Region III Quarterly

Volume 3 - No. 4

October, 1941


By Harold J. Brodrick,
Assistant Chief Ranger,
Carlsbad Caverns National Park.

Probably no other living thing is more emblematic of the desert than the horned toad. He is at his best in the dry, sparsely vegetated sandy areas, where he prowls contentedly in the blazing sunlight, under conditions that are frequently almost unendurable by man. He is, after all, not a toad, but a reptile, and he has the appearance of some prehistoric creature in miniature. He is rather ferocious-looking at times, but he can't hurt you.

The horned toads are lizards of the genus Phrynosoma, or horned lizards, and they are found only in Mexico and in the western portions of the United States. The number of species generally recognized is seventeen, of which four are exclusively Mexican, while several others range only a short distance northward into the United States. They are distinct from all other genera of North American lizards. They have a wide and flattened toad-like body, a short tail and, in most species, sharp, conical horns upon the back of the head and the temples. The back is usually covered with numerous sharp-pointed and pyramid-like scales.

horned toad
HORNED TOAD. The horned toad is a harmless lizard and like other liards, he feeds on insects. The majority of lizards catch their prey by aggressive rushes, but this little fellow slips up quietly and, with a flash of the thick viscid tongue, draws the morsel into his mouth.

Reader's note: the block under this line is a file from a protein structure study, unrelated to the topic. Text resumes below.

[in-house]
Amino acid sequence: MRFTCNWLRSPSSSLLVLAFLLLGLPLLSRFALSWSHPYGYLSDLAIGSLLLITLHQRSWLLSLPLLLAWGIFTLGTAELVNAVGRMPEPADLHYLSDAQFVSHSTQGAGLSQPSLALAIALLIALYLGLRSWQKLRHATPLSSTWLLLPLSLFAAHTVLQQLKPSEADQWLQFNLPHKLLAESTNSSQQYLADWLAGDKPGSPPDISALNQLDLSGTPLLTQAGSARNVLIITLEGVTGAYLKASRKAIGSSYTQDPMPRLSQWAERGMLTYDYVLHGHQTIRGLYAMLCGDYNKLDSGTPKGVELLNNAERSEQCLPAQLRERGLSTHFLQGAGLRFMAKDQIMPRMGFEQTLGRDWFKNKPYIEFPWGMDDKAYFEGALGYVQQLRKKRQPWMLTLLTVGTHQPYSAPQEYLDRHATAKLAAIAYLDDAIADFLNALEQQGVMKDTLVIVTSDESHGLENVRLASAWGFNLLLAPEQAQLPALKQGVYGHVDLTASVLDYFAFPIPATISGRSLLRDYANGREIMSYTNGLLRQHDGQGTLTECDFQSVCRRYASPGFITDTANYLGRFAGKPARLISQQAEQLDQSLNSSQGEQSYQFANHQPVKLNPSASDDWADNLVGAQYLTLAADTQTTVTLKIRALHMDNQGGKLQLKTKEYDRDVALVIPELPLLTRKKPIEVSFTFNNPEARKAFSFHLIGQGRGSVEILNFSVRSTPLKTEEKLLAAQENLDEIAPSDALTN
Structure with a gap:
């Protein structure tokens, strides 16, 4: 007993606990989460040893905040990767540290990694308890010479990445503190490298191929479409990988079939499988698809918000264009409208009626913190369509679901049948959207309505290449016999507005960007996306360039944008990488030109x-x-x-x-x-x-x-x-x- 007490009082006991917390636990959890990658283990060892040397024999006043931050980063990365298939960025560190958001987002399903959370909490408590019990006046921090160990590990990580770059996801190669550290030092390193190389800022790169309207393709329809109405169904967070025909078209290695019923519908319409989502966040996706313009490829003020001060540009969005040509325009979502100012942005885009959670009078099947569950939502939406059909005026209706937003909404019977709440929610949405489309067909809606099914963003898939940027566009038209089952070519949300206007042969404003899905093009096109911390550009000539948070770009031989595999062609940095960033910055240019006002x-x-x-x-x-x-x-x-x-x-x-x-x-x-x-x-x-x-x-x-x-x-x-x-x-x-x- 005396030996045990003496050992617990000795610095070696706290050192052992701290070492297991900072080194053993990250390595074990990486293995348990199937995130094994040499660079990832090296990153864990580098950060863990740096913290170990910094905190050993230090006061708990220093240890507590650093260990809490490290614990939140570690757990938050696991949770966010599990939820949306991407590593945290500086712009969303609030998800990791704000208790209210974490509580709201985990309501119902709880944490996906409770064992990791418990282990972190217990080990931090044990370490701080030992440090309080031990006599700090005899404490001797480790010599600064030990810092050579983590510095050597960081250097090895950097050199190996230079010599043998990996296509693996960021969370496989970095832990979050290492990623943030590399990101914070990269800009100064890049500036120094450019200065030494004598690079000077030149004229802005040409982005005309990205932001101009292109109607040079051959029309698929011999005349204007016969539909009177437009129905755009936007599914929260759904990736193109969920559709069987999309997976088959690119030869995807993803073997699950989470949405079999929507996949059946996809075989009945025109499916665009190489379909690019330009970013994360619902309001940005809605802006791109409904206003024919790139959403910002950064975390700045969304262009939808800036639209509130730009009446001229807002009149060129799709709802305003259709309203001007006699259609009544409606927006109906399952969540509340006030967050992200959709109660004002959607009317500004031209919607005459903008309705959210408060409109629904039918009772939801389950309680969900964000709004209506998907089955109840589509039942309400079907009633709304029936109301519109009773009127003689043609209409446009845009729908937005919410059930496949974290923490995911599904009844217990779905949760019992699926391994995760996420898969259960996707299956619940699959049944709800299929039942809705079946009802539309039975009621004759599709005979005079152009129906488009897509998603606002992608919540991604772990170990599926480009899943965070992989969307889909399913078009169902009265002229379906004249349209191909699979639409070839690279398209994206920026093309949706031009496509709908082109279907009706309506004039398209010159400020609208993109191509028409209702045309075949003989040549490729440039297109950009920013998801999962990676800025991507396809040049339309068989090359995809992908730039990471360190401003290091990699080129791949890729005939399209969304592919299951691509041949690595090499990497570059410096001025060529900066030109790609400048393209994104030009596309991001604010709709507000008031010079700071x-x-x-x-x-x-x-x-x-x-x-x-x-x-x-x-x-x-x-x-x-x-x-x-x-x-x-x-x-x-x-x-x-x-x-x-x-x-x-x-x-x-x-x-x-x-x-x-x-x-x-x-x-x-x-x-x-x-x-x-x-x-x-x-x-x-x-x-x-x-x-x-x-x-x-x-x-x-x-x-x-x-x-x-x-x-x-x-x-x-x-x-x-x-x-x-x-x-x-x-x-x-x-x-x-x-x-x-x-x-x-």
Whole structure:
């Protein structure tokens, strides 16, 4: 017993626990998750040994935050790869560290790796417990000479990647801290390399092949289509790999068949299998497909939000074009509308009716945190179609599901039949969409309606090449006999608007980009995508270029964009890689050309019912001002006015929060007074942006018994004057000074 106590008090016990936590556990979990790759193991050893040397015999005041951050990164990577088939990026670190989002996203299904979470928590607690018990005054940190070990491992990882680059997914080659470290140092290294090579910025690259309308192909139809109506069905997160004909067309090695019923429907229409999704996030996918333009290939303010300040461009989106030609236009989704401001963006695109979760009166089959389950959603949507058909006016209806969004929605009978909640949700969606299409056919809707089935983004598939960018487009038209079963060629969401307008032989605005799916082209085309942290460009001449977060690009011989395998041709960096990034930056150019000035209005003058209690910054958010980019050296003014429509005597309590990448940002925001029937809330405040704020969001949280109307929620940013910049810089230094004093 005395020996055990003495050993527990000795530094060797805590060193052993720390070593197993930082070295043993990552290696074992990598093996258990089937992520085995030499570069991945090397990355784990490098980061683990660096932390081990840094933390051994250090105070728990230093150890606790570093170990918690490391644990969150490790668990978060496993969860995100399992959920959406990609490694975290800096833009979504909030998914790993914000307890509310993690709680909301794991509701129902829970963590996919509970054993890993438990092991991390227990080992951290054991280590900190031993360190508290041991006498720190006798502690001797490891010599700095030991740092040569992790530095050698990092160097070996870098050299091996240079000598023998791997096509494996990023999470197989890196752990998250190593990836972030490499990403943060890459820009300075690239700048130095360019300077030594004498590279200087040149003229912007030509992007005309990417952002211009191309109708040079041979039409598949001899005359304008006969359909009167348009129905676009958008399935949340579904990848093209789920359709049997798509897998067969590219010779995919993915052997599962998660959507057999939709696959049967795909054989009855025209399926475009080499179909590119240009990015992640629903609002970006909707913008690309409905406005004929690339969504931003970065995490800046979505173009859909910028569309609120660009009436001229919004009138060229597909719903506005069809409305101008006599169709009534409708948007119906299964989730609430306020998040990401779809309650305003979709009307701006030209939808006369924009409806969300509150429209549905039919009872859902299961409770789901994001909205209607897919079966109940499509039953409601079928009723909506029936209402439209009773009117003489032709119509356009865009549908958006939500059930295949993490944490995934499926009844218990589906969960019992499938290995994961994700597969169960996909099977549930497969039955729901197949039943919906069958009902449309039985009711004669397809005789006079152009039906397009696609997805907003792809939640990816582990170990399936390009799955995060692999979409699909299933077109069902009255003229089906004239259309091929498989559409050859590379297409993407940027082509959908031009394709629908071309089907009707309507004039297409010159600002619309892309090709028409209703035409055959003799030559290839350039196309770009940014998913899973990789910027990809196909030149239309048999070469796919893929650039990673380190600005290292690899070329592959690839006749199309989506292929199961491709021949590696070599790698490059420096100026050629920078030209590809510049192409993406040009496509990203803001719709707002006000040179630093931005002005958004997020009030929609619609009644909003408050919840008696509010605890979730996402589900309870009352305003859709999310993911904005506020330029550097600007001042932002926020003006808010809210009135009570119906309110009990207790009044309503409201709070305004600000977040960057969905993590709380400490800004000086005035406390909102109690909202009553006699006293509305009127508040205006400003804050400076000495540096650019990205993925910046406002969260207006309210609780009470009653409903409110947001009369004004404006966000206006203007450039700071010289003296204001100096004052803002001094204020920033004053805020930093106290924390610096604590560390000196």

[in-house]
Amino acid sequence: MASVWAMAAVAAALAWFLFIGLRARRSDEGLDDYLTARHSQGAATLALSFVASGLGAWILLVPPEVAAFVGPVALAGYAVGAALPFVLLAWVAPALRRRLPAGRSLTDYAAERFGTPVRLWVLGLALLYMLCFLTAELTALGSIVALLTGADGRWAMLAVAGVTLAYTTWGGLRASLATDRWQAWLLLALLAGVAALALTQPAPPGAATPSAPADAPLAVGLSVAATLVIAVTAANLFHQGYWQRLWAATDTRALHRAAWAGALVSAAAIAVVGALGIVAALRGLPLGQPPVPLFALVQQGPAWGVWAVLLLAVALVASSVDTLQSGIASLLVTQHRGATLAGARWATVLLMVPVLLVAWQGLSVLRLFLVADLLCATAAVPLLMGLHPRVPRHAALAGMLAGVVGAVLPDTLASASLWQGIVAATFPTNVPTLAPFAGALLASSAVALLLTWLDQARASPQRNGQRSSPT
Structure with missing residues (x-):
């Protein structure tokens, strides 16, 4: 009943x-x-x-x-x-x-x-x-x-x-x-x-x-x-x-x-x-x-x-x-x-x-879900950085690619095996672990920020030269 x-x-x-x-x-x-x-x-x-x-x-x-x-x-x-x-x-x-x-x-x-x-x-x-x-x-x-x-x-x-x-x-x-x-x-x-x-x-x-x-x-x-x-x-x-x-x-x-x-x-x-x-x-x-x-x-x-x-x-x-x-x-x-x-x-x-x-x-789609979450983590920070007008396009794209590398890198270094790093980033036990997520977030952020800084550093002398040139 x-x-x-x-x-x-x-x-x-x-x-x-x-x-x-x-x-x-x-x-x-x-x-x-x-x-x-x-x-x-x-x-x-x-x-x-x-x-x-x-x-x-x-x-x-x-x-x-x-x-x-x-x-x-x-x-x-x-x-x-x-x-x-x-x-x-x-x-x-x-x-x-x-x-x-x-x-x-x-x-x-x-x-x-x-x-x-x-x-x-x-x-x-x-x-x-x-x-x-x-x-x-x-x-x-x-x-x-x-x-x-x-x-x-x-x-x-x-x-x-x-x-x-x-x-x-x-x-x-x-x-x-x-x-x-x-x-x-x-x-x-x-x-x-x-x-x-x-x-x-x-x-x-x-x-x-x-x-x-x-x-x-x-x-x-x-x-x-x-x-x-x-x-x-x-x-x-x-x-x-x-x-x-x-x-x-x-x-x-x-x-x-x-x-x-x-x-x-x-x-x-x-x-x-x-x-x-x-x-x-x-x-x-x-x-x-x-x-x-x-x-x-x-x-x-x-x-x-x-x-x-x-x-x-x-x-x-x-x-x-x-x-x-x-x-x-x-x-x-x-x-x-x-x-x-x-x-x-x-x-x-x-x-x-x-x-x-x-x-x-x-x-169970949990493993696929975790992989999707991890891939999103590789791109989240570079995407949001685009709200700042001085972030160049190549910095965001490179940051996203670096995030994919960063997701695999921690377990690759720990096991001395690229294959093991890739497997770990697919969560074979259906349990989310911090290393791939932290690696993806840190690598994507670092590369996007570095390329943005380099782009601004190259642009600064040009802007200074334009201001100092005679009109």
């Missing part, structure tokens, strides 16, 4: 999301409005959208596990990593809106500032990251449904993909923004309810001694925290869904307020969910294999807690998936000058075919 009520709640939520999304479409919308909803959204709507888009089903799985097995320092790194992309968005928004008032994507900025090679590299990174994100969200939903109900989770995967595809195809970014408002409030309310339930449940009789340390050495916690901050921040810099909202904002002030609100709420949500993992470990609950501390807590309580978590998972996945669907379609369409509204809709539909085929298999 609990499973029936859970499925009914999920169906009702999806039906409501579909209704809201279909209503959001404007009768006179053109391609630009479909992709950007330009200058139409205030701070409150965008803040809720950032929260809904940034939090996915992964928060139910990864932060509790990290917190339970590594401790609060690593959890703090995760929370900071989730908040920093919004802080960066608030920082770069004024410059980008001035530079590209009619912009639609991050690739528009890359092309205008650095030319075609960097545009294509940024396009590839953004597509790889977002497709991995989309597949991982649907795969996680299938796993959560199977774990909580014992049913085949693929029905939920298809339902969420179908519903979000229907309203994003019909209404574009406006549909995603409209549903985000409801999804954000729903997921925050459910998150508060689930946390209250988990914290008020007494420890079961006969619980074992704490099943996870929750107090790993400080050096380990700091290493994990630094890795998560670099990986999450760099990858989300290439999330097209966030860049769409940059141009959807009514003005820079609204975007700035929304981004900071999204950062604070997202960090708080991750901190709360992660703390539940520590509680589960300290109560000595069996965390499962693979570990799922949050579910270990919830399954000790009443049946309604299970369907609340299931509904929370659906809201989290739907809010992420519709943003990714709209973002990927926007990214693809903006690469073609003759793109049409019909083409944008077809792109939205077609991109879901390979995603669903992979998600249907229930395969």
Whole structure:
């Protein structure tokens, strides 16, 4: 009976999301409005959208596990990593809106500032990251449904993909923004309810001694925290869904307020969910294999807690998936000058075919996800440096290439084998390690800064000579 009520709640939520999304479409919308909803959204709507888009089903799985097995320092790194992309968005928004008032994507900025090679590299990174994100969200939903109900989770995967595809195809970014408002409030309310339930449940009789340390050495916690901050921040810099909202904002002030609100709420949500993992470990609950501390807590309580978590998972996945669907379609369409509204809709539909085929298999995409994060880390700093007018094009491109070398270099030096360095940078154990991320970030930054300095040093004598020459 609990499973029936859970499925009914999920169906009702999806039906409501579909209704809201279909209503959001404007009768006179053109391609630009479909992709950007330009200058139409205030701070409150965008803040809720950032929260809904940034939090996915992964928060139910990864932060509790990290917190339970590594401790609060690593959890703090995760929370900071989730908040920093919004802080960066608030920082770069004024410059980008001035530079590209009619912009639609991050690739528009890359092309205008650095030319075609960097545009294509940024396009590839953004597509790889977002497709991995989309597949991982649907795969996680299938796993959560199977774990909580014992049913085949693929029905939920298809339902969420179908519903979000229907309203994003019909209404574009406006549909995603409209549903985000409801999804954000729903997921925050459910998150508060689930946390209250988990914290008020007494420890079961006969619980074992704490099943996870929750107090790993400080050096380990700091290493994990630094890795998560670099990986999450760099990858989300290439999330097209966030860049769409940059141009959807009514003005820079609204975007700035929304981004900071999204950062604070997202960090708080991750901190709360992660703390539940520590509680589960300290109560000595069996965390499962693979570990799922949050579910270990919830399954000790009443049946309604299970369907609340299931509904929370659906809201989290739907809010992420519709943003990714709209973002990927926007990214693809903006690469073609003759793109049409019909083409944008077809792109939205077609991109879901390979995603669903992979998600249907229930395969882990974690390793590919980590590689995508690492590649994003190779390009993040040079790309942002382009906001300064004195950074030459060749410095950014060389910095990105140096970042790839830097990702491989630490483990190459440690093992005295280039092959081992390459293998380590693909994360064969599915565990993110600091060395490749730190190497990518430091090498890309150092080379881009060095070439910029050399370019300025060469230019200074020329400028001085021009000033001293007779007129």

Though they are formidable looking, the horned toads are gentle, and rather spiritless. They seldom try to bite. Occasionally they will attempt the impossible - to cause injury by use of their horns. They are viviparous, producing usually from six to twelve living young. At birth the young are encased individually in a transparent envelope through which they soon break. They are active immediately, and are fully able to care for themselves. At this stage the horns are only rudimentary; they do not appear rough and spiny like those of the parent.

One of the most interesting traits is the method of preparation for the night. While the sun is still high and the heat shimmers from the sand, the little creature places his armored nose into the sand like a plow, scooping until a furrow is produced. Then flattening its body into the furrow, and using the spiny borders of its sides like shovels, it digs deeper into the sand. Using its head and sides alternately it casts the sand over its back until it is entirely covered. Sometimes it digs to 2 or 3 inches below the surface, or often the top of its head is level with the surface. When the warmth of the sun strikes the sand the next morning a movement appears on the smooth surface and, as in slow motion, the horns, head, body and tail appear, and the reptile is again at his daily foraging.

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Date: 17-Nov-2005